5 5 Time-and-a-half is paid for employees who work more than 50 hours per week. Summary of analysis: Increase in farm payroll: $82.5 million Percent increase in farm payroll: 10.7 percent Percent decline in net farm income: 7.0 percent Estimated number of farms going from profit to loss: 1,115 Scenario 3: 72 hours worked with 60-hour threshold With this scenario, assumptions are: 70 percent of employees receive 12 hours in overtime pay. Farm employees who receive overtime pay work 72 hours per week. Time-and-a-half is paid for employees who work more than 60 hours per week. Summary of analysis: Increase in farm payroll: $45.0 million Percent increase in farm payroll: 6.0 percent Percent decline in net farm income: 4.0 percent Estimated number of farms going from profit to loss: 706 Issues to Consider A number of issues should be reviewed as part of consideration of proposals establishing mandatory overtime: Farm viability: This legislation, if enacted, will increase the farm cost of production and place some farm businesses in a negative financial situation (incurring financial losses). The impact would most likely be felt on full-time farms, but fruit and vegetable farms with only seasonal workers that are considered small under USDA definition ($250,000 in total sales) could see a major increase in their labor costs as well. Impact on farm workers: Mandatory overtime will require farmers to consider options to manage labor costs. Some employees may find their hours reduced to avoid mandatory overtime pay. In other sectors, such as retail, it is believed that employers often closely manage schedules to avoid incurring overtime. Many farm workers seek to maximize work hours to increase incomes. Depending on each farm situation, farmworkers may find their hours cut back as agricultural employers try to manage the impact of overtime. Competitiveness: Most states that New York competes with in the agricultural marketplace do not have mandatory overtime requirements for farm workers. A mandatory overtime requirement is an additional cost that New York farmers will need to bear and still compete in an increasingly national and international marketplace.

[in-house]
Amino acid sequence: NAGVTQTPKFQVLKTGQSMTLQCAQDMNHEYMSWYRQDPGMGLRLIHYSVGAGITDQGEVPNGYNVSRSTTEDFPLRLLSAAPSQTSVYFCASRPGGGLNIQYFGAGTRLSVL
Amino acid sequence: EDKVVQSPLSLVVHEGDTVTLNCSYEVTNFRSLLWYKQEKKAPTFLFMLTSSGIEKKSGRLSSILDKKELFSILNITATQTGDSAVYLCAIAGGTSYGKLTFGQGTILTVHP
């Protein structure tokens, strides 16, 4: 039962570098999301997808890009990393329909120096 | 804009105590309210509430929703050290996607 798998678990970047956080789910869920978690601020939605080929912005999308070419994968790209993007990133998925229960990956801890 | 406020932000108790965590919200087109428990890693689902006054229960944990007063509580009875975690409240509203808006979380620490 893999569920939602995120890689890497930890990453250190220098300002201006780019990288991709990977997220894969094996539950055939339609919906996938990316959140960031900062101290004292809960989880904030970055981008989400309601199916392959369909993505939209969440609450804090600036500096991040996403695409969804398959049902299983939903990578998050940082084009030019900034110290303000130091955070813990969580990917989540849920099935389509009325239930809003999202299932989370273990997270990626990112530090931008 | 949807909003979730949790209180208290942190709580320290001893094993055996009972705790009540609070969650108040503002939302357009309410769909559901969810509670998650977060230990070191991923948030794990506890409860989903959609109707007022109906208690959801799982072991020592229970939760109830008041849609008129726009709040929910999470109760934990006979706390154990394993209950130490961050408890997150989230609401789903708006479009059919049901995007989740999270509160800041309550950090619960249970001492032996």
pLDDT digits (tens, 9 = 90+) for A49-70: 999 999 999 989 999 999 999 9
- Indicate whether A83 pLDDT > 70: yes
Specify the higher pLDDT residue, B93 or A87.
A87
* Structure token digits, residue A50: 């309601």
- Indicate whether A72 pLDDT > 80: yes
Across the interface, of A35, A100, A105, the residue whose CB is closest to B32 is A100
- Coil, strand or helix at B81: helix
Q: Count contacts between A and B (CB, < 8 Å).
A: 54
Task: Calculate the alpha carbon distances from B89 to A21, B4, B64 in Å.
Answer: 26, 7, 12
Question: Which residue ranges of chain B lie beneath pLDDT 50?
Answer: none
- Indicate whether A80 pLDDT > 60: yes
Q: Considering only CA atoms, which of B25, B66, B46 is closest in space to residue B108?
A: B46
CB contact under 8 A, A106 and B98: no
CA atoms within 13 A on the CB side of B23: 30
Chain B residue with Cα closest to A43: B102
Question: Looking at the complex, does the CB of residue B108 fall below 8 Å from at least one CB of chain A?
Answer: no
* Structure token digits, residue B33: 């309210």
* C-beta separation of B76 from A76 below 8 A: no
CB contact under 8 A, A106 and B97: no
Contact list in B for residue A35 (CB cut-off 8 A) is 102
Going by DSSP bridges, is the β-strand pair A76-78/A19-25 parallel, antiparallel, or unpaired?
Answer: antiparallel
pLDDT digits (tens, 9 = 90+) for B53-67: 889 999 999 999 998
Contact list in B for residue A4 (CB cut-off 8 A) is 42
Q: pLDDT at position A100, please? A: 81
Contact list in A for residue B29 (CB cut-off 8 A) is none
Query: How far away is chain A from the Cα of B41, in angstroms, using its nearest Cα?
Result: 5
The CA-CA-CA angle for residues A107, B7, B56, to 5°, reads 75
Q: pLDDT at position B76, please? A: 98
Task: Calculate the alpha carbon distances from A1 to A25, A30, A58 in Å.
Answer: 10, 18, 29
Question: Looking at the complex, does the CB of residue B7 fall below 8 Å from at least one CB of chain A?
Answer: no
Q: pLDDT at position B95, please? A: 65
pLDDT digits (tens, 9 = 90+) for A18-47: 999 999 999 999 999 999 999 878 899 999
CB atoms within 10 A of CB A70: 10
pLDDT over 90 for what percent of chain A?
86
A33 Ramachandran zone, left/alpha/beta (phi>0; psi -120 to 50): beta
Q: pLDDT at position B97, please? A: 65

6 6 Investment on the farm: National and global commodity markets determine prices of most farm products. Farmers have little opportunity to pass costs on to consumers and would have to absorb increased costs. Increasing the cost of agricultural labor in New York will put local farmers at a competitive disadvantage to farmers in most other states. Over time, we can anticipate that this will mean less investment in New York as farmers consider options to farm in other states. Impacts on businesses and employment dependent on agricultural production: Agricultural production actually creates more off-farm than on-farm positions by a one-to-three ratio. Many off-farm jobs are in processing, handling, inputs and supply. To the degree that New York agricultural production declines as a result of mandatory overtime, a portion of these supporting industries will also decline. Less locally grown food: To the degree that less agricultural production occurs in New York, more food will be imported from other states and countries, most of which do not have mandatory overtime requirements. Contact: Robert A. Smith Senior Vice President, Public Affairs and Knowledge Exchange Farm Credit East Farm Credit East report contributors: Christopher Laughton, Director of Knowledge Exchange Kasey Ann Heineman, Intern Robert A. Smith, Senior Vice President, Public Affairs and Knowledge Exchange Sources: USDA 2012 Agricultural Census Rigoberto Lopez, Nataliya Plesha and Benjamin Campbell, Economic Impacts of Agriculture in Eight Northeastern States, unpublished, 2014.